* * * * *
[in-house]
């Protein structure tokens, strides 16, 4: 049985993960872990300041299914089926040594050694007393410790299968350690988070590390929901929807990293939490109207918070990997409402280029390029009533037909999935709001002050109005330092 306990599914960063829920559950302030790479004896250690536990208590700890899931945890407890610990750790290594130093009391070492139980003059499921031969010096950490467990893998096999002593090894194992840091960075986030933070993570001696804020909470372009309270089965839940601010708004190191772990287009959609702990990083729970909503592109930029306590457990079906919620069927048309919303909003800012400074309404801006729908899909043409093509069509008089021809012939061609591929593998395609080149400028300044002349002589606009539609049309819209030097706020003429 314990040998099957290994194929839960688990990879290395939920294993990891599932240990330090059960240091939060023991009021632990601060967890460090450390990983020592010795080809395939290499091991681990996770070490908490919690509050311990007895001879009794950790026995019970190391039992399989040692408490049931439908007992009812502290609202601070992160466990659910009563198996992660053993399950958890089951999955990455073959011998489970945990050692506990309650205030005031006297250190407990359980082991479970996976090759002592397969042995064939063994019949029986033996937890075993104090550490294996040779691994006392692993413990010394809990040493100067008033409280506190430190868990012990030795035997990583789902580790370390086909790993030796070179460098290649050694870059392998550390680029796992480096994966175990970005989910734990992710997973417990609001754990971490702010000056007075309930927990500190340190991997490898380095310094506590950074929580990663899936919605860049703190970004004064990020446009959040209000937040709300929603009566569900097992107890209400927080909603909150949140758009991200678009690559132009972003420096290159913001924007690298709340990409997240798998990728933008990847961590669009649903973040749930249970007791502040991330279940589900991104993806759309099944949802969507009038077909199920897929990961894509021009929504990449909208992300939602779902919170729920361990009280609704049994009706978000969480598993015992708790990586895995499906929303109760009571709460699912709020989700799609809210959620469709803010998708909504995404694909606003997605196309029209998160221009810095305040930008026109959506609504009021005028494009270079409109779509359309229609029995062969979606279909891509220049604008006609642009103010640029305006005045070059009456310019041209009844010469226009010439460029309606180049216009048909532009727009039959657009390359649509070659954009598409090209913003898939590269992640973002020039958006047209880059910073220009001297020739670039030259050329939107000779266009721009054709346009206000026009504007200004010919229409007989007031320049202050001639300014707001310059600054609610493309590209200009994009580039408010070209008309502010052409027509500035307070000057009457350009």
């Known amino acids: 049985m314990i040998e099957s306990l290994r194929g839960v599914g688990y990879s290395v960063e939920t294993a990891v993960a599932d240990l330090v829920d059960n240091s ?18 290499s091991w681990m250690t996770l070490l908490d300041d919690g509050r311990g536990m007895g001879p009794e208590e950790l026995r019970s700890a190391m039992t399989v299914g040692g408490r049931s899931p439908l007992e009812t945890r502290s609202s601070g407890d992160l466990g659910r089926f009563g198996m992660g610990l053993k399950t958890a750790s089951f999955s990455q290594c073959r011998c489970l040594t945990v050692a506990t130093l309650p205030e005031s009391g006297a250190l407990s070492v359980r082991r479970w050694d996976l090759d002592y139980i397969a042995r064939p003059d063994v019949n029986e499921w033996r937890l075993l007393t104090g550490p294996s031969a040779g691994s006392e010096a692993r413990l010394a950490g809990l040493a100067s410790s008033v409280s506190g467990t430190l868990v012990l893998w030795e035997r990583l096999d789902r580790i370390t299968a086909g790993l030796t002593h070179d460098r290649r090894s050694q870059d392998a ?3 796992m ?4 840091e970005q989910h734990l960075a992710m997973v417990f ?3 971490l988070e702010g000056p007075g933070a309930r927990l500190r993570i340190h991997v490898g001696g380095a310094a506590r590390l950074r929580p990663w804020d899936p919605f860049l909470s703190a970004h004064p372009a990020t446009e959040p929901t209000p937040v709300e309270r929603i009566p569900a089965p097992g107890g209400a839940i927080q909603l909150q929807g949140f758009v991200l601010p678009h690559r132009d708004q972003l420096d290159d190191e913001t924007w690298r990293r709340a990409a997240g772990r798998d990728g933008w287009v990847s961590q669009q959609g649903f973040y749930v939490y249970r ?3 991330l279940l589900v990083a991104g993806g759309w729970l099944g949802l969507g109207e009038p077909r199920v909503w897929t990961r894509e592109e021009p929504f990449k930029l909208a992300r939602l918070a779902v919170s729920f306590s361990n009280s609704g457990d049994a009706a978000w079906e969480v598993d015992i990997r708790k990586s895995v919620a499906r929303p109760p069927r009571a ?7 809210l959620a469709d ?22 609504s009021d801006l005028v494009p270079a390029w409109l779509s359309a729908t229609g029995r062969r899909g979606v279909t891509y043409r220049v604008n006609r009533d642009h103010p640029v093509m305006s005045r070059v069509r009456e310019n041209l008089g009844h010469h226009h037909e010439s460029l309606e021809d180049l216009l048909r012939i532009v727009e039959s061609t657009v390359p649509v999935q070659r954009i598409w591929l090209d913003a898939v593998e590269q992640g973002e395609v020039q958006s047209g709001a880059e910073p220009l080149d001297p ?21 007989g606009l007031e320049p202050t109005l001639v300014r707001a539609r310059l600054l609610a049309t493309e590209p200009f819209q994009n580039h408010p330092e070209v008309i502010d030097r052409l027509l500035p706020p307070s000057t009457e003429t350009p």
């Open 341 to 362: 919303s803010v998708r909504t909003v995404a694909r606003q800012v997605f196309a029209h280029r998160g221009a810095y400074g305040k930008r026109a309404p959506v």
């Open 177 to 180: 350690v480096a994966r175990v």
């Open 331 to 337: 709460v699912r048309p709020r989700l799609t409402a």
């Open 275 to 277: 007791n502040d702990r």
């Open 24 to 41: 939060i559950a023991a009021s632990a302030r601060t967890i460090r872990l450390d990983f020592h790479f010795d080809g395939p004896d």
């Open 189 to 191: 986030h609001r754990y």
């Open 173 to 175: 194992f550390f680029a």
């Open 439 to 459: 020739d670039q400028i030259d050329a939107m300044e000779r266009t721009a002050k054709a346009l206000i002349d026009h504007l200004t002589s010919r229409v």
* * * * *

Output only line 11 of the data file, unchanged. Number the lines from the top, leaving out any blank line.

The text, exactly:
């Open 439 to 459: 020739d670039q400028i030259d050329a939107m300044e000779r266009t721009a002050k054709a346009l206000i002349d026009h504007l200004t002589s010919r229409v």